Planned City Cinema at Simian / Copenhagen

Planned City Cinema with Union Gaucha Productions, Karimah Ashadu Dora Budor & Noah Barker, Harun Farocki, Pilvi Takala

curated by Elisa R. Linn & Lennart Wolff

May 19 – 9 July, 2023

Kay Fiskers Pl. 17
Copenhagen, Denmark

Photos by GRAYSC. Courtesy of the artists and Simian.

Simian’s second exhibition space is converted into a temporary cinema. The video and film program titled Planned City Cinema expands on Irma Hünerfauth’s experimentations with sound, image, and movement and her interest in the interplay between natural and social systems in art and society at large vis-à-vis the dominant paradigm of extractive development. Works by Union Gaucha Productions, Karimah Ashadu, Noah Barker & Dora Budor, Harun Farocki, and Pilvi Takala document, dissect, and scrutinize the production, maintenance, and medialization of the built environment and the ideologies, economies, and power relations it materializes. Thereby, they prompt a reflection on Simian’s urban surroundings in the “new town” Ørestad as well. 

Planned City Cinema is accompanied by a talk with the curators of the exhibition, Elisa R. Linn and Lennart Wolff, a screening of a film by Black Audio Film Collective as well as a talk with Reinhold Martin. 

Union Gaucha Productions (UGP) was founded in New York in 1997 by artists Karin Schneider (*1970 in Rio de Janeiro, Brazil) and Nicolás Guagnini (*1966 in Buenos Aires, Argentina), and was active until 2010. Distinct from Schneider and Guagnini’s individual practices, under the guise of a “film production company” they produced a diverse body of works, often collaborating with other artists, architects, musicians, performers, filmmakers and thinkers. Both Schneider and Guagnini moved to New York in the late 1990s, and the works produced under the moniker UGP map the artists’ experiences of migration from South America to the US at the cusp of the millennium. Their films and videos bear heterogeneous influences, including those of political and artistic avant-gardes from Brazil and Argentina as well as American experimental cinema. Approaching the documentary tradition, the works of UGP sometimes depict particular individuals, as well as objects. But against the backdrop of the homogenizing processes of multiculturalism, which sought to re- inscribe differences as stable identities, they unfix subject and object as they manipulate, perform, and model them. Deploying the “machine” of film alongside and against the “machine” of art history, they privilege a mutual activation (in Ambasz’s words, “an ensemble of inter-related processes”), demarcating an “infra-life” between gestures, images and forms of exchange: a fluid territory where identities, friendships, and ideological affinities are always in flux.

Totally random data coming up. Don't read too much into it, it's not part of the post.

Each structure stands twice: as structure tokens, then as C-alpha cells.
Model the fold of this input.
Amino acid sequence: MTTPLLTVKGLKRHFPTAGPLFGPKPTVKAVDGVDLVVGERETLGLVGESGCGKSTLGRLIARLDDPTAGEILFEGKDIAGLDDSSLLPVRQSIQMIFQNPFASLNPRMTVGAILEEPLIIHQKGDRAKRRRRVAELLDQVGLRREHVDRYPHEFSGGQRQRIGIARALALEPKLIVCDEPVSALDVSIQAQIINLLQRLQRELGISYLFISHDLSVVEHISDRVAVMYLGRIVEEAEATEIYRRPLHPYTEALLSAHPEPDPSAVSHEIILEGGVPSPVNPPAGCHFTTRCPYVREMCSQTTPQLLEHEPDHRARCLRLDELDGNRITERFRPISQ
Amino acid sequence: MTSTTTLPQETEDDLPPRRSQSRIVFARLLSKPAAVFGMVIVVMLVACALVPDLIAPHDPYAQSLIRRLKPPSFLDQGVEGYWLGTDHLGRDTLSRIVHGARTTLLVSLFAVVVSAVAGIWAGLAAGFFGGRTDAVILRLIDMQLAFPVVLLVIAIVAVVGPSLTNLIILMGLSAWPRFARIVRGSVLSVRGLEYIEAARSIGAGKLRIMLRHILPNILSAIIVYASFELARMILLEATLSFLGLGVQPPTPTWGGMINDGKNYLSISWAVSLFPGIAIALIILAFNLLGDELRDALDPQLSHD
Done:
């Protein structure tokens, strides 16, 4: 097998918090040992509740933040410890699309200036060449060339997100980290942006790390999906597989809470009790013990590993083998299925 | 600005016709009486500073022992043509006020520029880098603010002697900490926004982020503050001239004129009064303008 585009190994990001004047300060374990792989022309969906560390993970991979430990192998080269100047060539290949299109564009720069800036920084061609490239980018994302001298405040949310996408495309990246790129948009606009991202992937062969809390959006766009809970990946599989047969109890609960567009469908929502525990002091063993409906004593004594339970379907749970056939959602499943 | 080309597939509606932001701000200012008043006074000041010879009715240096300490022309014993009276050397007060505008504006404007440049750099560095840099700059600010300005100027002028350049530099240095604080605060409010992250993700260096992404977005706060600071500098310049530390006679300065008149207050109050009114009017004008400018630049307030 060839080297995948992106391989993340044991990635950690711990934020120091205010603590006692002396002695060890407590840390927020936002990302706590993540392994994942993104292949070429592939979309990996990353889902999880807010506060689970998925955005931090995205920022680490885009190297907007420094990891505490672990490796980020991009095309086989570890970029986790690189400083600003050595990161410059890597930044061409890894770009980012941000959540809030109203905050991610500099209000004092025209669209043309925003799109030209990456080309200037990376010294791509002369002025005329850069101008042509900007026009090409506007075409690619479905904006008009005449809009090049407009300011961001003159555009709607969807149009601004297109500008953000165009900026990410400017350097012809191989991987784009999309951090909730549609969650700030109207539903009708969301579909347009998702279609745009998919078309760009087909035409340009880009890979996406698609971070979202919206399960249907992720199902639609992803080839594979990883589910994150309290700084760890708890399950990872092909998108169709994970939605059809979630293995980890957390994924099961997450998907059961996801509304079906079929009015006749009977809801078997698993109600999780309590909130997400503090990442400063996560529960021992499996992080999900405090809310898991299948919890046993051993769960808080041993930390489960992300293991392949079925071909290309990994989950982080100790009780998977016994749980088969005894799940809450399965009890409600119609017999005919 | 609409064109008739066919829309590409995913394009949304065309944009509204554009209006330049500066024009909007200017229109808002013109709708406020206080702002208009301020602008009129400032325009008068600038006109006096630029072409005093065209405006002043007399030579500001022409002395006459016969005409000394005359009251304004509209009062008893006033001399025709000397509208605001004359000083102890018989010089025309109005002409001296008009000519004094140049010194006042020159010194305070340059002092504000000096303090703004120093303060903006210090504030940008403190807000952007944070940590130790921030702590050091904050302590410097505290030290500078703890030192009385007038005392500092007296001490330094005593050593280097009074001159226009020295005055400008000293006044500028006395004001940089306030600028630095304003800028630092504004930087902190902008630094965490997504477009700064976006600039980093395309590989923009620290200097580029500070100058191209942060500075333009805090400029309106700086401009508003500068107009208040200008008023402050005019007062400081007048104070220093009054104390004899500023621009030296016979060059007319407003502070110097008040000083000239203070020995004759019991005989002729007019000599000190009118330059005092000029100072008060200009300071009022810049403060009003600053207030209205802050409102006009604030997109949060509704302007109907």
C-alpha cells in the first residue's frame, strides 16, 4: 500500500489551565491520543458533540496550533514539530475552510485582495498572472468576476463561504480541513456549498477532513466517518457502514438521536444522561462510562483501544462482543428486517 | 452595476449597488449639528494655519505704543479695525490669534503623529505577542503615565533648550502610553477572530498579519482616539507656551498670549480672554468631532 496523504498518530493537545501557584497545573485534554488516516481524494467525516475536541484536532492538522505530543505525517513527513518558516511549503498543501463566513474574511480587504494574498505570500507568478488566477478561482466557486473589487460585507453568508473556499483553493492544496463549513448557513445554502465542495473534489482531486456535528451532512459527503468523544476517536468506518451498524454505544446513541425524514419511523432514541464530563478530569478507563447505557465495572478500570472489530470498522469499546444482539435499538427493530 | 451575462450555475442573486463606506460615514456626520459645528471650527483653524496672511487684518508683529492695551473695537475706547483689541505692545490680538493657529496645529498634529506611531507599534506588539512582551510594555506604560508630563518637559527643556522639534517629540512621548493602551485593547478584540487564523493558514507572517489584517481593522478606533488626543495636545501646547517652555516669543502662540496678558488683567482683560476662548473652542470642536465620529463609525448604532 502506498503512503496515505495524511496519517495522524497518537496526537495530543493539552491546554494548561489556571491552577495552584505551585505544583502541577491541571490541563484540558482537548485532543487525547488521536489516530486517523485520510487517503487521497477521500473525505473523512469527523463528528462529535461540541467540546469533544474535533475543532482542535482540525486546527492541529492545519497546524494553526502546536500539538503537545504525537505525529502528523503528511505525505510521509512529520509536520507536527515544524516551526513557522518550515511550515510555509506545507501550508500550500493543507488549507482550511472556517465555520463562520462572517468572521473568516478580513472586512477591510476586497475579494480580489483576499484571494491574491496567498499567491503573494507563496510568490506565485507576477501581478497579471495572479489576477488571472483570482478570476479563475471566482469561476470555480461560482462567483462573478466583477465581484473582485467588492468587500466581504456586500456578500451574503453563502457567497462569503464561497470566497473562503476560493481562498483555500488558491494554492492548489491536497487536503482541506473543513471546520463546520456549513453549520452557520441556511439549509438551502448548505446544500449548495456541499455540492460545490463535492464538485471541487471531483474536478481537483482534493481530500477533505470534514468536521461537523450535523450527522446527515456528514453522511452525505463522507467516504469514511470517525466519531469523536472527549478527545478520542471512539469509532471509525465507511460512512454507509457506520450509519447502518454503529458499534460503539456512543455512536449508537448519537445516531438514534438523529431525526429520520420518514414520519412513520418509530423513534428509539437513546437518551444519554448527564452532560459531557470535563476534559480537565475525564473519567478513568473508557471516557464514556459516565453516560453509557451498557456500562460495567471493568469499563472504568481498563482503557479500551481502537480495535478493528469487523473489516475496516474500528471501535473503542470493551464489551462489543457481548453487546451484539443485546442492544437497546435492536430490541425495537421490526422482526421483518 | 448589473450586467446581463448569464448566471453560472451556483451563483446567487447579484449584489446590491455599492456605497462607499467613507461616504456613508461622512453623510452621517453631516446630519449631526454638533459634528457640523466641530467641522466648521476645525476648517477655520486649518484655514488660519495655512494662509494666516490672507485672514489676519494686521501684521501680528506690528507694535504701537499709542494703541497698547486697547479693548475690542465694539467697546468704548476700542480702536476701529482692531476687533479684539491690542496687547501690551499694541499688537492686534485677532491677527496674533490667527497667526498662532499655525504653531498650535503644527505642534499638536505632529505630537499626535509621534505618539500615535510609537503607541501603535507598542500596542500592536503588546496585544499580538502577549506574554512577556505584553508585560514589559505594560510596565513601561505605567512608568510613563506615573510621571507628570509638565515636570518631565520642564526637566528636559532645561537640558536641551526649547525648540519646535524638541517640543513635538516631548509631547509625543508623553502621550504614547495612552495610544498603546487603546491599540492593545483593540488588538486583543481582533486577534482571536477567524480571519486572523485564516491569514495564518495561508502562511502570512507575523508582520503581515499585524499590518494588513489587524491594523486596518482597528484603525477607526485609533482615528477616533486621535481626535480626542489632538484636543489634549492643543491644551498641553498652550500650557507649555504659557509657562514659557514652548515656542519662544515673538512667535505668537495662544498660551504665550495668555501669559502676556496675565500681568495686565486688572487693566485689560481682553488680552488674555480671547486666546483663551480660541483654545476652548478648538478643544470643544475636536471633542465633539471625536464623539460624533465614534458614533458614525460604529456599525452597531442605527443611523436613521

Karimah Ashadu (*1985 in London, UK) is a British-born Nigerian Artist living and working between Hamburg and Lagos. She has studied at institutes such as De Ateliers, Amsterdam and Chelsea College of Art and Design, London. Ashadu’s practice is concerned with labour, patriarchy and notions of independence pertaining to the socio-economic and socio-cultural context of Nigeria and West Africa. Recent works include Cowboy (2022)—a video installation which deftly and poetically relates to aspects of colonial structures and black history, while captivating the viewer with its beauty and sensuality. Other works such as Plateau (2021-2022) explore tin-mining in Nigeria’s Jos Plateau state. Ashadu is currently completing the screenplay for her first feature film Salt Mine, set in Dakar. Her films have been exhibited and screened at institutions internationally, including Kunsthalle Bremen; Tate, London; Secession, Vienna; Kunstverein in Hamburg; South London Gallery, London; Museum of Modern Art, New York, and Centre d’Art Contemporain Genève. Her work is part of public collections such as MoMA and the Federal Collection of Contemporary Art, Germany. In 2020, Ashadu established her film production company Golddust by Ashadu, specializing in artists’ films on black culture and African discourses. She was named Abigail R. Cohen 2021 Fellow at the Columbia Institute for Ideas and Imagination, Paris.

Noah Barker (*1991 in California) is an artist based in New York. Recent exhibitions include Galleria Raffaella Cortese, Albisola (2023), The Wig, Berlin (2023), Halle für Kunst Steiermark, Graz (2023), Capitain Petzel, Berlin (2022), Fluentum, Berlin (2022), Progetto, Lecce (2021), MACRO Museum of Contemporary Art, Rome (2021), Alienze, Vienna (2021), Löwengasse, Cologne (2021), Air de Paris, Paris (2019), Fanta- MLN, Milan, (2019), and Lodos, Mexico City, MX (2019).